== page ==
Congress 1566
  • César Piñeiro-Pomar
  • 978-1-6654-3577-2
  • 35th IEEE International Parallel and Distributed Processing Symposium. Virtual, España. 2021

On the road to a unified Big Data and HPC framework

Nowadays we are living in the Big Data era. The de facto standards for parallel processing of Big Data are Apache Hadoop and Apache Spark engines. These frameworks require implement their applications in Python, Java or Scala using programming paradigms such as MapReduce. However, HPC applications have always been implemented in Fortran and C/C++ in order to exploit multithreading (OpenMP) and multiprocessing (MPI) capabilities of clusters. As a consequence, this interoperability divergence between HPC and Big Data languages and programming models difficulties the creation of applications that bring together the advantages of HPC and Big data worlds. To deal with that issue we introduce Ignis, a new Big Data-HPC framework that allows the execution of applications that combine multiple programming languages without additional overhead. Our framework uses a multi-language RPC approach to create a native executor for each language and a modular design pattern that facilitates the inclusion of new languages. All Ignis communications are internally implemented using MPI collective operations, which allows users to execute MPI native applications on an Ignis cluster. In this way, MPI and Spark-like codes can be combined in the same application. Unlike previous works, our proposal is a step forward in the convergence of HPC and Big Data since applications belonging to both worlds can be executed efficiently in the same framework. Note that Ignis is fully developed and executed inside Docker containers, which avoids any system dependency and library incompatibility issues. Our architecture is divided into four independent main modules: Submitter, Backend, Driver and Executor. They are coded in different languages, using Apache Thrift over an SSH tunnel for the inter- module communications. The submitter is a simple script similar to spark-submit that calls a cluster manager (Mesos) to create a driver instance. It lives in the Submitter container where users prepare the environment before launching a job. The Executor contains a collection of functions that the Backend uses to implement its logic. Each language has its own implementation and can communicate with each other to share data. The Driver is a user API through which users can access all the available functionalities of the framework. This module does not perform any heavy computation and uses Thrift RPC to delegate its work to the Backend that implement the Driver functionality. Performance tests were carried out sorting in ascending order 1TB of text data, which contains about two billion lines. We have compared the sort built-in capability of Spark with Ignis using a C++ executor and a Python driver code. Ignis Terasort is between 2.06x and 1.45x faster than Spark using from 4 to 10 nodes with 32 cores per node. Regarding to the memory consumption, Spark has a penalization of extra 40 bytes per string (for each of the lines in the input data). Moreover, it requires 128MB for each JVM. On the other hand, a C++ application only needs 24 extra bytes per string. It means that, ignoring the JVMs overhead, Spark will always consume 1.6x more memory than the Ignis C++ executor.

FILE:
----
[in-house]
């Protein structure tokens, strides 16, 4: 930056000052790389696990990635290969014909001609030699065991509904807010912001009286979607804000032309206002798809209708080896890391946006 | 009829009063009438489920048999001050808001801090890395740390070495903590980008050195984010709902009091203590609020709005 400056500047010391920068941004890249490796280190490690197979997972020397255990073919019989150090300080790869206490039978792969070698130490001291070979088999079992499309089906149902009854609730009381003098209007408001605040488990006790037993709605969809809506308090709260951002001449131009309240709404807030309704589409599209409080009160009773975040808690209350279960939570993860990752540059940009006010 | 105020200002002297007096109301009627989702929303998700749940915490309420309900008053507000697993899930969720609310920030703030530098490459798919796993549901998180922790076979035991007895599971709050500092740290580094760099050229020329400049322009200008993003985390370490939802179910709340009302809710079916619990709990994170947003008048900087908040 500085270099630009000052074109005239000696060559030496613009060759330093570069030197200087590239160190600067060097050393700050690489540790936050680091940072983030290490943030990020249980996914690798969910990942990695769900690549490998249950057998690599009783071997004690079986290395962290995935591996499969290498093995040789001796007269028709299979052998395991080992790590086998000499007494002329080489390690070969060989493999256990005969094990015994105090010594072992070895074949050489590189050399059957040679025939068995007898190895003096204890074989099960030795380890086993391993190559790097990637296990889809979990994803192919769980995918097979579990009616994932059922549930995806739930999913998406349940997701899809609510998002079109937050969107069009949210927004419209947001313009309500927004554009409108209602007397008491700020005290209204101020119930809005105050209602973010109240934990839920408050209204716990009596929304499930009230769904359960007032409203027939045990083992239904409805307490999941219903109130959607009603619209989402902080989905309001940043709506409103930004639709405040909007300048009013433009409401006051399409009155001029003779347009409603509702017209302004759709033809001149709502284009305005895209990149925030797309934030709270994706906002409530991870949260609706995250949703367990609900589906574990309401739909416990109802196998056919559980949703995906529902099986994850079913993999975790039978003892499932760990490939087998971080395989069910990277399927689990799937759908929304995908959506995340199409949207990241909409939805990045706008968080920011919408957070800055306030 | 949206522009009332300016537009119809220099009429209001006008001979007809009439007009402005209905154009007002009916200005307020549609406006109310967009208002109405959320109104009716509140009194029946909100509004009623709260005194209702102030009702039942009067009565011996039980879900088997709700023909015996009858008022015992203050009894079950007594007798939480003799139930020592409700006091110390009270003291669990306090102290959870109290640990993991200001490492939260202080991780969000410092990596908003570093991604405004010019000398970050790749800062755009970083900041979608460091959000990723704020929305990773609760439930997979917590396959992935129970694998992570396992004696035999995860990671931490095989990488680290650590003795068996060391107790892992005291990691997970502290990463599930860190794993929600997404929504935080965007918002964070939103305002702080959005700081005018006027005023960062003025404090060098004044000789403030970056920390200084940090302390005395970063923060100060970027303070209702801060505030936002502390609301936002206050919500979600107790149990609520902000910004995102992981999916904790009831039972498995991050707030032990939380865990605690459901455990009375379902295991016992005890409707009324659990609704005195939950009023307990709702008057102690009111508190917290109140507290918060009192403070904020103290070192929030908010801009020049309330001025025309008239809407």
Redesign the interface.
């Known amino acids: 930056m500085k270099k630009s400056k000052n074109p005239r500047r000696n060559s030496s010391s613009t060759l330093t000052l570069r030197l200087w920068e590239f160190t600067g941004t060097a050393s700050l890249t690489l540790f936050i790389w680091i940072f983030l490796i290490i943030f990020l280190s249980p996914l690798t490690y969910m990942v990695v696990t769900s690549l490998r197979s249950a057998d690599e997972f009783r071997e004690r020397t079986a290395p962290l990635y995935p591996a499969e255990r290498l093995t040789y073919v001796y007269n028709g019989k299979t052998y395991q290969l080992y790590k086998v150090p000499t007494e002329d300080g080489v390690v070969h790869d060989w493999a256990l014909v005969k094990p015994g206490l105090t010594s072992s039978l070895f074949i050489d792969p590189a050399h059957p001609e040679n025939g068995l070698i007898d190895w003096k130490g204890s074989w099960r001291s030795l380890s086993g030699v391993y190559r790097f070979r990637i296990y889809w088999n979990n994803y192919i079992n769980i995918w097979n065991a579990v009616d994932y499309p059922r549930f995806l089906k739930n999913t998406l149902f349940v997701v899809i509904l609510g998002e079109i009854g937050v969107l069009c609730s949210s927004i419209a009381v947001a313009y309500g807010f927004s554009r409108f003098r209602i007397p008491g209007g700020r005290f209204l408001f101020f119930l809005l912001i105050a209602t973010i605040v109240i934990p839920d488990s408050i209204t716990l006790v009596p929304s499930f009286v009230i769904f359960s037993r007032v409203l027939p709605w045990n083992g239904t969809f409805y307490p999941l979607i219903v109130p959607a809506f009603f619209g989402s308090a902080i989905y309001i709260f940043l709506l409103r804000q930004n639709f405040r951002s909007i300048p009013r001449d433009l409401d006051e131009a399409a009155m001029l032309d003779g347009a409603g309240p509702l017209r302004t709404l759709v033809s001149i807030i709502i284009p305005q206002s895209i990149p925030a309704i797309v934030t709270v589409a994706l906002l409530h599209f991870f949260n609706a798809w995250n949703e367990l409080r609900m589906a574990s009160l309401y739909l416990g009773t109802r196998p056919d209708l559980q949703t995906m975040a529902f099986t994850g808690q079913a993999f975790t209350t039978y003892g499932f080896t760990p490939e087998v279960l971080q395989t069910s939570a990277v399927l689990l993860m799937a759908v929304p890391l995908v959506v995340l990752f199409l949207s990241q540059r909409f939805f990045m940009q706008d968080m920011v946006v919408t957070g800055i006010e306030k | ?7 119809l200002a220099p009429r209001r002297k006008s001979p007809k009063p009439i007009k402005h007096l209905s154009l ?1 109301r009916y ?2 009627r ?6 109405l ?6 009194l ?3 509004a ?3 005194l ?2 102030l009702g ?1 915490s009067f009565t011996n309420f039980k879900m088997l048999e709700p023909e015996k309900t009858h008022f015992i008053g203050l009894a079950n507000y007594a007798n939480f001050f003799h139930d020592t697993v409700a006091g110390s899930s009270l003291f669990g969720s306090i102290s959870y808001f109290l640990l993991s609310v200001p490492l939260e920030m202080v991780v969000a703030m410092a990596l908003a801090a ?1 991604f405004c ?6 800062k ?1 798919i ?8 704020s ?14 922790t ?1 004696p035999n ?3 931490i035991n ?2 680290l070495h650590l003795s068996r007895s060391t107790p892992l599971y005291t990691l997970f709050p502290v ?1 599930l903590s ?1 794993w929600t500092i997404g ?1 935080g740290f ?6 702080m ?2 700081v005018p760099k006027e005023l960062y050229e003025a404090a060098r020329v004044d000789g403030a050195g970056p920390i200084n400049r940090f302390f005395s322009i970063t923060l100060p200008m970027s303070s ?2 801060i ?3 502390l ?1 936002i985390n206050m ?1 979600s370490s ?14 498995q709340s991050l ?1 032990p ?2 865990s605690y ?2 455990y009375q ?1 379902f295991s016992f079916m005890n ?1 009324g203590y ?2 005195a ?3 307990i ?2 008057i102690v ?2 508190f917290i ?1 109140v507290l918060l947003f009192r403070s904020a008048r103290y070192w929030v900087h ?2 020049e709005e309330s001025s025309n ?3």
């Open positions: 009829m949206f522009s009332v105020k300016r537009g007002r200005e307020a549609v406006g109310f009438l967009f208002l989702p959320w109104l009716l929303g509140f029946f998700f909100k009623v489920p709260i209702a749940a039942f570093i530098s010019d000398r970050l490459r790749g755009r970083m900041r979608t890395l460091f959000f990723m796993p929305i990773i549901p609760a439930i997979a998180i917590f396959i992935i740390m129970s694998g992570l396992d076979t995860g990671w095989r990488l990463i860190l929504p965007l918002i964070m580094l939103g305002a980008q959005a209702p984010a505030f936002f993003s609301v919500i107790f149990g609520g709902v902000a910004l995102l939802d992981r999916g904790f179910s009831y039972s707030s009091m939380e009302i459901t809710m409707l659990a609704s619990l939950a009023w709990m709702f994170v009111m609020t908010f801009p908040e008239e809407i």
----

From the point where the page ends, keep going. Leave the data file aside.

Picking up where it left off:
Keywords: HPC, Big data
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